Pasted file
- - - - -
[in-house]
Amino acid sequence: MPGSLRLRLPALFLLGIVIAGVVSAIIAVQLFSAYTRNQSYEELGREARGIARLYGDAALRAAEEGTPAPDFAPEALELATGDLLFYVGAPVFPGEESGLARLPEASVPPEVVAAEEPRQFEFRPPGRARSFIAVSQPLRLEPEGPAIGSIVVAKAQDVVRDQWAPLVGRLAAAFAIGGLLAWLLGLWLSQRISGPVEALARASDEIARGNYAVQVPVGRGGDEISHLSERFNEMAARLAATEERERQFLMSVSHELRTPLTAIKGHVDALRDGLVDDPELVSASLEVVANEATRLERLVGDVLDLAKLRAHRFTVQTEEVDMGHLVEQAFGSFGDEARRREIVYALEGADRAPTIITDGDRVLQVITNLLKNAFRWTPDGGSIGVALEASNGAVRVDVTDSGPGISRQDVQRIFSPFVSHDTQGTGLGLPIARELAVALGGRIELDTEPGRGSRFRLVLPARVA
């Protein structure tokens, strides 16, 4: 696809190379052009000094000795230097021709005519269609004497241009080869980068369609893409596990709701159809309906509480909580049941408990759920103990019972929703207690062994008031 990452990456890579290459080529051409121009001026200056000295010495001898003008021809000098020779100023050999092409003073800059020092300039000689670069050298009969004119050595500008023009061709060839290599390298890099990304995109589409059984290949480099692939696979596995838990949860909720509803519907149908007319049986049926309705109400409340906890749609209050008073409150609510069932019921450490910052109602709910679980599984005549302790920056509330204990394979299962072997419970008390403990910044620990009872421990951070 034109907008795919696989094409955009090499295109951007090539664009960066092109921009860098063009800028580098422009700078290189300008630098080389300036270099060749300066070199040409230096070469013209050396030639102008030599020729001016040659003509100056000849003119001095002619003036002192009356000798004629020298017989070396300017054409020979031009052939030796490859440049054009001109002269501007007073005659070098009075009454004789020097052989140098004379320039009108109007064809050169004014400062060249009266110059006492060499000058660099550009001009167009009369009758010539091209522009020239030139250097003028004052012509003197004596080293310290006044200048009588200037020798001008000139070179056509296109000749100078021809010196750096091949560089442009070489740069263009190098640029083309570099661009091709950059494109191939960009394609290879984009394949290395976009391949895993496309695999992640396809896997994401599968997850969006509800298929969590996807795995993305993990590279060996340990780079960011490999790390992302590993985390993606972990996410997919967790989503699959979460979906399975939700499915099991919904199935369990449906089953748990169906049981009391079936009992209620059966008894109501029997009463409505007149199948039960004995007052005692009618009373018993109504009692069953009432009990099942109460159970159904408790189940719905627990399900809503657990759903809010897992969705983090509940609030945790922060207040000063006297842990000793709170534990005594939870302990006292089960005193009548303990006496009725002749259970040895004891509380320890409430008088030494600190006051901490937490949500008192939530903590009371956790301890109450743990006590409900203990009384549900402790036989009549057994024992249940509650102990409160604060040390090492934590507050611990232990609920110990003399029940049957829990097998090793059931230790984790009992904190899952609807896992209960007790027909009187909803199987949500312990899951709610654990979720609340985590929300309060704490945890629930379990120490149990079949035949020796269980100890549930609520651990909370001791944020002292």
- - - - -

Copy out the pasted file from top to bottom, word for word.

[in-house]
Amino acid sequence: MPGSLRLRLPALFLLGIVIAGVVSAIIAVQLFSAYTRNQSYEELGREARGIARLYGDAALRAAEEGTPAPDFAPEALELATGDLLFYVGAPVFPGEESGLARLPEASVPPEVVAAEEPRQFEFRPPGRARSFIAVSQPLRLEPEGPAIGSIVVAKAQDVVRDQWAPLVGRLAAAFAIGGLLAWLLGLWLSQRISGPVEALARASDEIARGNYAVQVPVGRGGDEISHLSERFNEMAARLAATEERERQFLMSVSHELRTPLTAIKGHVDALRDGLVDDPELVSASLEVVANEATRLERLVGDVLDLAKLRAHRFTVQTEEVDMGHLVEQAFGSFGDEARRREIVYALEGADRAPTIITDGDRVLQVITNLLKNAFRWTPDGGSIGVALEASNGAVRVDVTDSGPGISRQDVQRIFSPFVSHDTQGTGLGLPIARELAVALGGRIELDTEPGRGSRFRLVLPARVA
């Protein structure tokens, strides 16, 4: 696809190379052009000094000795230097021709005519269609004497241009080869980068369609893409596990709701159809309906509480909580049941408990759920103990019972929703207690062994008031 990452990456890579290459080529051409121009001026200056000295010495001898003008021809000098020779100023050999092409003073800059020092300039000689670069050298009969004119050595500008023009061709060839290599390298890099990304995109589409059984290949480099692939696979596995838990949860909720509803519907149908007319049986049926309705109400409340906890749609209050008073409150609510069932019921450490910052109602709910679980599984005549302790920056509330204990394979299962072997419970008390403990910044620990009872421990951070 034109907008795919696989094409955009090499295109951007090539664009960066092109921009860098063009800028580098422009700078290189300008630098080389300036270099060749300066070199040409230096070469013209050396030639102008030599020729001016040659003509100056000849003119001095002619003036002192009356000798004629020298017989070396300017054409020979031009052939030796490859440049054009001109002269501007007073005659070098009075009454004789020097052989140098004379320039009108109007064809050169004014400062060249009266110059006492060499000058660099550009001009167009009369009758010539091209522009020239030139250097003028004052012509003197004596080293310290006044200048009588200037020798001008000139070179056509296109000749100078021809010196750096091949560089442009070489740069263009190098640029083309570099661009091709950059494109191939960009394609290879984009394949290395976009391949895993496309695999992640396809896997994401599968997850969006509800298929969590996807795995993305993990590279060996340990780079960011490999790390992302590993985390993606972990996410997919967790989503699959979460979906399975939700499915099991919904199935369990449906089953748990169906049981009391079936009992209620059966008894109501029997009463409505007149199948039960004995007052005692009618009373018993109504009692069953009432009990099942109460159970159904408790189940719905627990399900809503657990759903809010897992969705983090509940609030945790922060207040000063006297842990000793709170534990005594939870302990006292089960005193009548303990006496009725002749259970040895004891509380320890409430008088030494600190006051901490937490949500008192939530903590009371956790301890109450743990006590409900203990009384549900402790036989009549057994024992249940509650102990409160604060040390090492934590507050611990232990609920110990003399029940049957829990097998090793059931230790984790009992904190899952609807896992209960007790027909009187909803199987949500312990899951709610654990979720609340985590929300309060704490945890629930379990120490149990079949035949020796269980100890549930609520651990909370001791944020002292």